Posco probe widening to possibly reach MB

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Posco probe widening to possibly reach MB

Prosecutors investigating top steelmaker Posco amassing a slush fund in Vietnam are now focusing on former Chairman Chung Joon-yang and his alleged connection to the former Lee Myung-bak government, raising concerns over a possible clash between the former and current administrations.

The case that began after Posco E&C, an engineering and construction arm, was found to have accumulated a big slush fund in Vietnam is expected to grow.

“The investigation will not just cover Posco E&C,” said a prosecutor, “because the slush fund could have been used for lobbying in political or economic fields.”

Prosecutors said the buildup of the slush fund in Vietnam, alleged tax evasions and suspicious mergers and acquisitions all occurred during the 67-year-old Chung’s term as chairman.

Chung was banned from leaving the country on Sunday along with other officials of the company.

The investigation, which included a raid on Posco Friday, began a day after the new Prime Minister Lee Wan-koo said in his first speech as prime minister that he will “do whatever it takes to root out corruption.”

Chung is considered connected to former president Lee Myung-bak since he became chairman of Posco in January 2009. Another candidate for the position, then-Posco President Yoon Seok-man, disclosed in a hearing that Lee’s key aides pressured him to withdraw his candidacy for the job. He named Park Young-joon, then-vice minister of the Ministry of Knowledge Economy; Chun Shin-il, CEO of Sejung Corporation; and Lee Dong-jo, CEO of JN Tech.

It was also discovered by the prosecution that the government illegally audited Yoon to prevent him from becoming chairman.

Chung was reappointed in March 2012 to a three-year term but stepped down after President Park Geun-hye took office in 2013. The government launched an investigation into Posco for possible tax evasion in the same year.

The prosecution also believes that Posco was given special favors from the former administration because many of Posco’s businesses overseas aligned with government projects.

For example, Posco concluded a memorandum of understanding with the Korea Resource Corporation in July 2009 after the government said so-called resource diplomacy - securing natural resources overseas through large investments - would be a top government project in 2008. As soon as President Lee had a summit with Russian President Dmitry Medvedev during the G-20 Summit in Seoul in 2010, Posco agreed on another memorandum of understanding with a Russian mining and metals company Mechel for resources development in the Far East. Posco A&C, an architectural design and inspecting affiliate, also signed a deal to build a housing compound for the Elga coalfield in Siberia in June 2011.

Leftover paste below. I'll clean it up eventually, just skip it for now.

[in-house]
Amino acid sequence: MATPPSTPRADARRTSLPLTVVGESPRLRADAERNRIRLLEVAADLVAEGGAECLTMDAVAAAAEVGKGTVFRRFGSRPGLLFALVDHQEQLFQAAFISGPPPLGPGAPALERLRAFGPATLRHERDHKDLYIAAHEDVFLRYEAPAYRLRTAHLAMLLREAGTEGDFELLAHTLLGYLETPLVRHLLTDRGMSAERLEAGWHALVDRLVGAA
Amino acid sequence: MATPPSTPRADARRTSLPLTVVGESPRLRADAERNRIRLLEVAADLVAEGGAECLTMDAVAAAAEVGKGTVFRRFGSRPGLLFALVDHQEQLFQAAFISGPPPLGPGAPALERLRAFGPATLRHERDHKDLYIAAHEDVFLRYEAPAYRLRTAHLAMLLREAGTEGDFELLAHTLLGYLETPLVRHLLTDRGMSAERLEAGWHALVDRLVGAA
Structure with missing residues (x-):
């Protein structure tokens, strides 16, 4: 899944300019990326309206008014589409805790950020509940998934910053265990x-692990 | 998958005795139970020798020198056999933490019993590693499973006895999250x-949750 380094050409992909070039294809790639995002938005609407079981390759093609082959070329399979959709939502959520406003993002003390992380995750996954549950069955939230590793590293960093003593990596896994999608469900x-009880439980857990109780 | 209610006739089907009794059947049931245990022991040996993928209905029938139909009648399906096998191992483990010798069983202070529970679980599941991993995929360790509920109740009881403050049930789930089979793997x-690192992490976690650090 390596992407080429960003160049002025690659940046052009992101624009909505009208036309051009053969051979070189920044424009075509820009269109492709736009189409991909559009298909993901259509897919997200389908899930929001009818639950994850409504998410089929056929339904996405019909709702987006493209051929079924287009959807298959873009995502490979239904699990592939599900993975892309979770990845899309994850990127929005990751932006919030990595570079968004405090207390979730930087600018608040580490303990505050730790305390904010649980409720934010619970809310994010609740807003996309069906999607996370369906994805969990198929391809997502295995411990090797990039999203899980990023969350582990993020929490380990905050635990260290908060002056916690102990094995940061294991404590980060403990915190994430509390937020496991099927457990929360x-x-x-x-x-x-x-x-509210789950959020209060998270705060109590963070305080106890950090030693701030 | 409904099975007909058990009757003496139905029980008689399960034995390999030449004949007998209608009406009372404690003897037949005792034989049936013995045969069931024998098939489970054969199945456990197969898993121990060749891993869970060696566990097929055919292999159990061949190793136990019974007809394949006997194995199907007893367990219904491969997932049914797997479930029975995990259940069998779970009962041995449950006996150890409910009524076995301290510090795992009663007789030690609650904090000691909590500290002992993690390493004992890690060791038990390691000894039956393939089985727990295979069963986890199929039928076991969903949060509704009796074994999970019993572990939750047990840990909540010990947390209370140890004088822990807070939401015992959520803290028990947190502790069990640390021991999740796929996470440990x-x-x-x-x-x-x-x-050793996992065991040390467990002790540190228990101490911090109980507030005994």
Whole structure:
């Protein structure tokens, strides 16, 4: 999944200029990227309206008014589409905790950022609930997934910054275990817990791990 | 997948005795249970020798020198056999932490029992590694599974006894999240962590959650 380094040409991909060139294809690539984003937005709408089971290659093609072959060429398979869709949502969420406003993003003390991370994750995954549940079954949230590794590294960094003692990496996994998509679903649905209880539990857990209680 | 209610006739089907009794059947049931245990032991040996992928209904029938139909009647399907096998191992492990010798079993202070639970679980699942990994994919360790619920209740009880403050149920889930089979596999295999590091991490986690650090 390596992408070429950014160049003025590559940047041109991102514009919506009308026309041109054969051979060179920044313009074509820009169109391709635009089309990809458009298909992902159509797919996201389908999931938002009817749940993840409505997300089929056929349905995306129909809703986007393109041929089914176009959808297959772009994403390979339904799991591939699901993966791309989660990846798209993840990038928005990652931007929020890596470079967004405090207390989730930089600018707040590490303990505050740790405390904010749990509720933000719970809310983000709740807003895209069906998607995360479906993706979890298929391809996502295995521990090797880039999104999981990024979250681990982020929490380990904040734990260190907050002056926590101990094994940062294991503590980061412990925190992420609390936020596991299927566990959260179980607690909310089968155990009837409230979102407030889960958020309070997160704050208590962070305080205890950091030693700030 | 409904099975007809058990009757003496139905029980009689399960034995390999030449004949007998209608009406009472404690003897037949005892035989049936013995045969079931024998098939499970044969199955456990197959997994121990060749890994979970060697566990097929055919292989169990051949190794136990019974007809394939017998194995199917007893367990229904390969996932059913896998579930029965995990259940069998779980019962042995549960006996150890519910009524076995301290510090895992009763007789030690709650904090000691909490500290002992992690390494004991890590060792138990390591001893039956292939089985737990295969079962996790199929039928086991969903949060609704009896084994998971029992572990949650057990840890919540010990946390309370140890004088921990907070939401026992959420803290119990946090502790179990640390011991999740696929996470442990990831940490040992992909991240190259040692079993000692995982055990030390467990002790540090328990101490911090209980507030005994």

The prosecution believes Chung is also involved in the slush fund in Vietnam. Posco carried out an internal inspection last year and announced last July that 12 employees of its construction arm had accumulated a slush fund worth more than 10 billion won ($8.8 million) over four years by overstating payments for their subcontractors in Vietnam.

Investigators believe the money was siphoned back to Korea and Chung must have been involved. They believe the actual size of the slush fund was probably about 20 billion won.

Chung also orchestrated mergers and acquisitions during his term that allegedly dealt a financial blow to the group. Posco acquired 41 affiliates during Chung’s term but 18 of them are struggling financially, which raises the suspicion that he was in league with the Lee government for the M&As.

The most controversial acquisition was Sungjin Geotec, which was merged into Posco Plantec, an arm that produces steel manufacturing facilities, in 2010 for 160 million won.

An audit from an accounting firm stated that Sungjin Geotec’s sustainability as a company is questionable, but Posco bought its shares, which were worth around 8,300 won per share, for 16,330 won per share. Also, Posco Plantec recorded 290 billion won in losses from 2011 to 2014.

BY KIM BONG-MOON [kim.bongmoon@joongang.co.kr]

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